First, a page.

Once we really got rolling, my attitude began to change:

1. It Could Be Worse

I mean, it’s not like my bus trip in Cambodia. You know, the one where I had violent, smelly, explosive food poisoning shooting out both ends of my digestive system every thirty minutes. For 8 hours.

The only complaint my stomach had on this trip is that my chocolate bar wasn’t going to last the whole way. I might have to get another one when we stopped in Medicine Hat or Swift Current.

2. It Was (Relatively) Quiet & Squid Free

The bus wasn’t airing scary violent movies at top volume, or playing equally loud karaoke so middle-aged women could have a dance party in the aisles. And nobody around me was eating dried squid. Because all that really happens in a country that shall remain nameless. And it was awful.

3. It Was Only 10 Hours

The woman next to me was going all the way to Ottawa. I was finished my journey by Friday night…she would be finished sometime on Sunday. The woman behind me had already been on the bus for 2 days…with an infant…and had another 3 days to go. Suddenly, 10 hours didn’t seem like such a long time.

4. It Was a Soap-Opera on Wheels

While the trip was Karaoke-free, the relative quiet did nothing to mask the conversations going on around me. Seriously, I could fill three novels with the stories I overheard on that drive. Did you know that some people in Canada still hop trains and ride the rails like 1930’s hobos? Did you know that bears in lumber camps love the smell of discarded dishwater and will rip through the shower stalls to get to the shared drain? Did you know that if your boyfriend breaks up with you over the phone while you’re on your way to meet up with him, 3 different strangers will hand you a Kleenex…and everyone will feel relieved 50 miles later when he calls back to un-break-up with you?

5. We Drove Across the Prairies

love driving across the prairies. I know a lot of people think it’s incredibly boring, but it’s hands down my favourite place in Canada for road trips. It’s not just that the sky is incredibly blue, or the clouds impressively fluffy.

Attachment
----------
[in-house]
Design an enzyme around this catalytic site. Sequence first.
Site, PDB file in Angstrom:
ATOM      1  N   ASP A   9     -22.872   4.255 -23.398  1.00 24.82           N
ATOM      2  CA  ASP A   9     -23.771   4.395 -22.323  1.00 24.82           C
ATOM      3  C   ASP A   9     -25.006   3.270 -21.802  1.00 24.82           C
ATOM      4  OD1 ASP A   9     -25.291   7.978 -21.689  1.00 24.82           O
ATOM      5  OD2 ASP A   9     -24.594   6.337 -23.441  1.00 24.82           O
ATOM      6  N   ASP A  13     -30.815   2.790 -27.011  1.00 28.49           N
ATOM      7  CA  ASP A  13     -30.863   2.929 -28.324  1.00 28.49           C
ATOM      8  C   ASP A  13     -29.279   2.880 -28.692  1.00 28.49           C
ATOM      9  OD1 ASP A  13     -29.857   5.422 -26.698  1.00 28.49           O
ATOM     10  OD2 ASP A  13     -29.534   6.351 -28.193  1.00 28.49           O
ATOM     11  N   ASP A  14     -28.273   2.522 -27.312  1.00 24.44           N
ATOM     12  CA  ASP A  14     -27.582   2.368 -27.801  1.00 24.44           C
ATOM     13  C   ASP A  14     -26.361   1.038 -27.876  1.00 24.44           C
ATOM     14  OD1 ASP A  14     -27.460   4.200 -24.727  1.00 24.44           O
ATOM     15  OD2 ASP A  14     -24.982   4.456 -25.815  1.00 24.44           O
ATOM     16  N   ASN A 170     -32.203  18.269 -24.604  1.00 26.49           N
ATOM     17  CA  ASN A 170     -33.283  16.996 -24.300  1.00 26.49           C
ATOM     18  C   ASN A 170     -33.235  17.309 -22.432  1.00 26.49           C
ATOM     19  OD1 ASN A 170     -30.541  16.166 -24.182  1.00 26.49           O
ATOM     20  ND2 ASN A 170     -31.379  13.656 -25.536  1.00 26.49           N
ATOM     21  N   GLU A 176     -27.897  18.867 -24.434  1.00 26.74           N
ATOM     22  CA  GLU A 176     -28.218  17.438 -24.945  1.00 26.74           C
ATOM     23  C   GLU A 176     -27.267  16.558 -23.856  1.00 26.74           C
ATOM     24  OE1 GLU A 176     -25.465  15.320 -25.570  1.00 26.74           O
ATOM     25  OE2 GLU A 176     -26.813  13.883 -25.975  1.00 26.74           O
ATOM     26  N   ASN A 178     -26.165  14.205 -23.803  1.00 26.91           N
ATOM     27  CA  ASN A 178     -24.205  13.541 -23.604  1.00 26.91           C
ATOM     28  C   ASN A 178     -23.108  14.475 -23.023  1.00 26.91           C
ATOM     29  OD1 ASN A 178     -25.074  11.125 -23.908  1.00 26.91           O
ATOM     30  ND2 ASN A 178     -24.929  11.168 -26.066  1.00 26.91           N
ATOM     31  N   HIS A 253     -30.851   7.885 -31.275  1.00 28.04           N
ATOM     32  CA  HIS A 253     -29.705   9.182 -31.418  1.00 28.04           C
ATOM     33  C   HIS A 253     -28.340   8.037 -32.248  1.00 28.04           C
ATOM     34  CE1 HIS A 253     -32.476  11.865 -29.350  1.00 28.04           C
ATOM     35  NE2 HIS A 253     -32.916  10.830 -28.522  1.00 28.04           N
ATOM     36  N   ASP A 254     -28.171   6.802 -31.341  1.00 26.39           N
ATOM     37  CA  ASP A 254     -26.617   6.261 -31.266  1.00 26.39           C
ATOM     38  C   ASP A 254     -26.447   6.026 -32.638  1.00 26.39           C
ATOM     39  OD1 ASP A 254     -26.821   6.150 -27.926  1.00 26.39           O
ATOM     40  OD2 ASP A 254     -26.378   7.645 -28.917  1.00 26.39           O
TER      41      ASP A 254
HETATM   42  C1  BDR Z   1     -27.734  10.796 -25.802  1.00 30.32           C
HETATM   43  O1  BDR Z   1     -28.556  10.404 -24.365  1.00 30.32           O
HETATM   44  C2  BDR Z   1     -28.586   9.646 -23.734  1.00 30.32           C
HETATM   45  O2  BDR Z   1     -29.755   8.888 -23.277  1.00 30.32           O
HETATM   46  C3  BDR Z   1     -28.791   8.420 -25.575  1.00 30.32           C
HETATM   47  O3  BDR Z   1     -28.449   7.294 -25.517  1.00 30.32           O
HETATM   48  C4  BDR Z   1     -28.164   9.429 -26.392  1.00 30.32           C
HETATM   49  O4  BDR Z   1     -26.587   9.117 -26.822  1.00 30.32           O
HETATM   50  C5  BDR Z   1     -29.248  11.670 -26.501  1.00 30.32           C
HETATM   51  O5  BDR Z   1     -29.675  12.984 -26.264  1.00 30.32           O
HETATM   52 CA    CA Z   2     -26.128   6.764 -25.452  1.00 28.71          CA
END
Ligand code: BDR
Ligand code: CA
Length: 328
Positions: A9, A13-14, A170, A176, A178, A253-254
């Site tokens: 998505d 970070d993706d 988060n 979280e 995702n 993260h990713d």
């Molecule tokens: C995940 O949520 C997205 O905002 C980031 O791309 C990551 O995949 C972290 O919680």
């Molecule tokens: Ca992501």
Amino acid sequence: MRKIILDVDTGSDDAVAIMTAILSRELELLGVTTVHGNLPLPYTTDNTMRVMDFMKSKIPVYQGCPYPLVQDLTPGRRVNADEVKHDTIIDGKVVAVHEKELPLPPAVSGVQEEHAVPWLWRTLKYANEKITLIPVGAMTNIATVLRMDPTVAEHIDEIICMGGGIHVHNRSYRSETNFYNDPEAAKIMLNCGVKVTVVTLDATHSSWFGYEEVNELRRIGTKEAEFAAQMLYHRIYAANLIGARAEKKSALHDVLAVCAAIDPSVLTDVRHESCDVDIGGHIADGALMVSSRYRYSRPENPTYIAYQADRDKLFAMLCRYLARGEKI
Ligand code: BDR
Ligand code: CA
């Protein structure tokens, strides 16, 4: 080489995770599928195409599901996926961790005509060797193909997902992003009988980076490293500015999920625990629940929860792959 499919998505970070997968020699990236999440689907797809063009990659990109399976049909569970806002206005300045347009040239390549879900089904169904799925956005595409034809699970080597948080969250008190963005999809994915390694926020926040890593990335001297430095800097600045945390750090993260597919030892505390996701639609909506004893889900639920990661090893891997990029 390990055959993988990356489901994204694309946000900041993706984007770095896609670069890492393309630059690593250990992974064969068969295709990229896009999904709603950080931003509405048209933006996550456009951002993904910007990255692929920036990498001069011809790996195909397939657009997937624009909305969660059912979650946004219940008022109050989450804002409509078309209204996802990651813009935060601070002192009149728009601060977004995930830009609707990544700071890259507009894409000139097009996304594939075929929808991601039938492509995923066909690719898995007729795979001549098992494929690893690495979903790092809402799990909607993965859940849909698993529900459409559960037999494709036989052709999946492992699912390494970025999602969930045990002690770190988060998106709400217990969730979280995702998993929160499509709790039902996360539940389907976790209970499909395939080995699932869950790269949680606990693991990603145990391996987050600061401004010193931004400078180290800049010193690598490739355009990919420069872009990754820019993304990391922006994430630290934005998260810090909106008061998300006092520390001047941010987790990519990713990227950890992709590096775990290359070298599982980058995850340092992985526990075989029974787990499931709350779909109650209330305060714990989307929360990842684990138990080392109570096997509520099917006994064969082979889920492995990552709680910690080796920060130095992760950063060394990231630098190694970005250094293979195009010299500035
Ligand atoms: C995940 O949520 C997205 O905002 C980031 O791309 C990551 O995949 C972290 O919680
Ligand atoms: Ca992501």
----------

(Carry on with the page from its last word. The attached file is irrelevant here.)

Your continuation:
It’s that the road is long, and smooth, and straight. You can see everything that’s coming at you – all the way to the horizon. No surprises. No hidden turns. You know, kind of the opposite of the rest of my life. I find the predictability soothing.

(Okay, it’s also kind of because I can stare out the window for hours and pretend I’m Laura Ingalls in a covered wagon, making her way with Pa and Ma to her new Little House on the Prairie…if Laura Ingalls had traveled with train-hopping lumber workers in unstable relationships…)


Adventures on the Bus

I’m on a bus.

For the next 10 hours.

You know how when you’re trying to get to Regina and you think, “Hey, a bus sounds like a good way to enjoy a relaxing ride across two provinces! And it has Wi-fi! And you can use the bathroom anytime you want, even if it’s windy! And it’s $300 cheaper than a plane!” At that moment, in the comfort of your local Starbucks, it seems like a really good idea. So you buy a ticket.

And then you get on the bus, and it’s packed full, and you’re worried that you smell funny because you’re wearing the same hoodie that you’ve been wearing with your pyjamas all last week, but it’s the only thing you have in your backpack to ward off the over-eager air conditioner above you. It’s at that moment that you might realize that maybe, just maybe, this isn’t going to be one of your smartest life choices.

And then about 1/2 an hour later, just as you’re about four paragraphs into what was going to be the best blog post of all time, you remember that reading or writing on a bus makes you feel a little nauseous, and you have to stop writing? Sure, maybe you really like writing, but you’re not about to sacrifice your health or your recently consumed lunch for the sake of your blog.

‘Cuz if you have, I know exactly how you feel.

Only 9.5 left to go.

On the bus.